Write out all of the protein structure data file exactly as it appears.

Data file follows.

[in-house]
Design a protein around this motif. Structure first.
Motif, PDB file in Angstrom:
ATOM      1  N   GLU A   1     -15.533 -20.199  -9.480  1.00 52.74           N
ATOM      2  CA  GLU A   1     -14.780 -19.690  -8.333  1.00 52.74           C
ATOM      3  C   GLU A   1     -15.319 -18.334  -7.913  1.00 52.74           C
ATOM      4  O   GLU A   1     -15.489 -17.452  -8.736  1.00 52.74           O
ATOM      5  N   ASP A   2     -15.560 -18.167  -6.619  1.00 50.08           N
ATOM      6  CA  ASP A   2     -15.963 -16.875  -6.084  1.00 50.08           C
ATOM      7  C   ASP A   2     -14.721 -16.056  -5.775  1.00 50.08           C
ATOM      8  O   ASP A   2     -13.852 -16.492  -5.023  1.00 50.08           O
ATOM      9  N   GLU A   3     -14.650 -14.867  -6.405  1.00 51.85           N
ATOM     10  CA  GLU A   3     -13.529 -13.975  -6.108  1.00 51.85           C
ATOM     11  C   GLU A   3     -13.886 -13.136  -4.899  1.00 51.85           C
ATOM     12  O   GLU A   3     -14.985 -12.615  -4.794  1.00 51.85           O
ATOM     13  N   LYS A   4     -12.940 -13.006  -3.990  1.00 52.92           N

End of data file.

[in-house]
Design a protein around this motif. Structure first.
Motif, PDB file in Angstrom:
ATOM      1  N   GLU A   1     -15.533 -20.199  -9.480  1.00 52.74           N
ATOM      2  CA  GLU A   1     -14.780 -19.690  -8.333  1.00 52.74           C
ATOM      3  C   GLU A   1     -15.319 -18.334  -7.913  1.00 52.74           C
ATOM      4  O   GLU A   1     -15.489 -17.452  -8.736  1.00 52.74           O
ATOM      5  N   ASP A   2     -15.560 -18.167  -6.619  1.00 50.08           N
ATOM      6  CA  ASP A   2     -15.963 -16.875  -6.084  1.00 50.08           C
ATOM      7  C   ASP A   2     -14.721 -16.056  -5.775  1.00 50.08           C
ATOM      8  O   ASP A   2     -13.852 -16.492  -5.023  1.00 50.08           O
ATOM      9  N   GLU A   3     -14.650 -14.867  -6.405  1.00 51.85           N
ATOM     10  CA  GLU A   3     -13.529 -13.975  -6.108  1.00 51.85           C
ATOM     11  C   GLU A   3     -13.886 -13.136  -4.899  1.00 51.85           C
ATOM     12  O   GLU A   3     -14.985 -12.615  -4.794  1.00 51.85           O
ATOM     13  N   LYS A   4     -12.940 -13.006  -3.990  1.00 52.92           N